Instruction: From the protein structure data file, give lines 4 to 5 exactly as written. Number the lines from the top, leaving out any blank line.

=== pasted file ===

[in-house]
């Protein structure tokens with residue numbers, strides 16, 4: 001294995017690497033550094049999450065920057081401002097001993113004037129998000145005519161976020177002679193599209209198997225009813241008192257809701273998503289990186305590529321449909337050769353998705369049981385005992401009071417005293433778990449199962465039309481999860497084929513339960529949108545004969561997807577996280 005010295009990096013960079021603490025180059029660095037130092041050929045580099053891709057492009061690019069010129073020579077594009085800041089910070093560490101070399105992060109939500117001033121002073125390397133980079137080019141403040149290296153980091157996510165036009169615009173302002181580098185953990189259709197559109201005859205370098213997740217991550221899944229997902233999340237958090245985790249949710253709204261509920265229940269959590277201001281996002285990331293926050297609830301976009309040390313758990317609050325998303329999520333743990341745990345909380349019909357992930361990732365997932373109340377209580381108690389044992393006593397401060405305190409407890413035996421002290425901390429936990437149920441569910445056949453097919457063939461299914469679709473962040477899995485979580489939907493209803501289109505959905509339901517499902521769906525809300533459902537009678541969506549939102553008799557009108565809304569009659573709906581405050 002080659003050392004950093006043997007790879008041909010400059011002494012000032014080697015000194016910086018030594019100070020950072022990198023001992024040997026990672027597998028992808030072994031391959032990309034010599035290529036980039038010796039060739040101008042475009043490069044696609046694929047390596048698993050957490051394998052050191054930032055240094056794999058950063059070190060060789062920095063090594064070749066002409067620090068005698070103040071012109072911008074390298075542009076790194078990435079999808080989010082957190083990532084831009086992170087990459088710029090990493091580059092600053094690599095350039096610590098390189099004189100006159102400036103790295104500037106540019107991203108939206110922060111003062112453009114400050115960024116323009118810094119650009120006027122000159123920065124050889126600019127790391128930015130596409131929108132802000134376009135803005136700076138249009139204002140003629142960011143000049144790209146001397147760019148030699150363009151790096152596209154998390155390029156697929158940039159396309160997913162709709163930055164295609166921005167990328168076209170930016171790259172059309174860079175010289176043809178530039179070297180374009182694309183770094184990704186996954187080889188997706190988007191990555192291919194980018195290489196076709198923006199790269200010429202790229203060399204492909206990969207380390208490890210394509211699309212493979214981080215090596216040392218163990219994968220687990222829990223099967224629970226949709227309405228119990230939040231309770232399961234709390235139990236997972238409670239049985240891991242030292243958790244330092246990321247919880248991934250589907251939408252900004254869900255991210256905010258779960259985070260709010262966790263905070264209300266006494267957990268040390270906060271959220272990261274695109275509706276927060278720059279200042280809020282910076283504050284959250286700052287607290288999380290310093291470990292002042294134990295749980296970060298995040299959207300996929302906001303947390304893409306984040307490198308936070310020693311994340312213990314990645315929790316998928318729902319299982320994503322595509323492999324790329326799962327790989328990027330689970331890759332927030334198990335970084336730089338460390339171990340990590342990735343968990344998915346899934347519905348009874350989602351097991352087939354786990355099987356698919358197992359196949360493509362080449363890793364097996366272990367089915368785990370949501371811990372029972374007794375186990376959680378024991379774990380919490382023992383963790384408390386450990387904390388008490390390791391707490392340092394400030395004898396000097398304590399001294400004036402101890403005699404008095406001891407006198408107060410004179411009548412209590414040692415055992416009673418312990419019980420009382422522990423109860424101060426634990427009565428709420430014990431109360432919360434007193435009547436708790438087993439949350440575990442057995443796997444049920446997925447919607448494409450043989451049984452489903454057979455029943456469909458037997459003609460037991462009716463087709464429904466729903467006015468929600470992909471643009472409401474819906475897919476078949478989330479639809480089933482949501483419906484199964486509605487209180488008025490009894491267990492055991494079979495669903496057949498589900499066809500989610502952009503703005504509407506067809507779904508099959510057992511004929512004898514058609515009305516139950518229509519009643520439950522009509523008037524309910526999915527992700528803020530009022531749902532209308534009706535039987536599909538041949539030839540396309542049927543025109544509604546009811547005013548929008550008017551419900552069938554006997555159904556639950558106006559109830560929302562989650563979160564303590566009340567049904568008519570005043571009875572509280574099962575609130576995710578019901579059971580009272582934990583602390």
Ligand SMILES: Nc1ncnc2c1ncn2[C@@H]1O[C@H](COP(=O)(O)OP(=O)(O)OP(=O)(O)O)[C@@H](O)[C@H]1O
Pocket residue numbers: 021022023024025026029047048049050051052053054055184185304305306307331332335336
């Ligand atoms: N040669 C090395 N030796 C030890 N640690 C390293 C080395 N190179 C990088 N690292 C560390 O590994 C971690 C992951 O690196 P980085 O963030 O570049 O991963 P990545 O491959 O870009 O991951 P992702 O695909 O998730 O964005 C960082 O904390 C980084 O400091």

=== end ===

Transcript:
Pocket residue numbers: 021022023024025026029047048049050051052053054055184185304305306307331332335336
């Ligand atoms: N040669 C090395 N030796 C030890 N640690 C390293 C080395 N190179 C990088 N690292 C560390 O590994 C971690 C992951 O690196 P980085 O963030 O570049 O991963 P990545 O491959 O870009 O991951 P992702 O695909 O998730 O964005 C960082 O904390 C980084 O400091």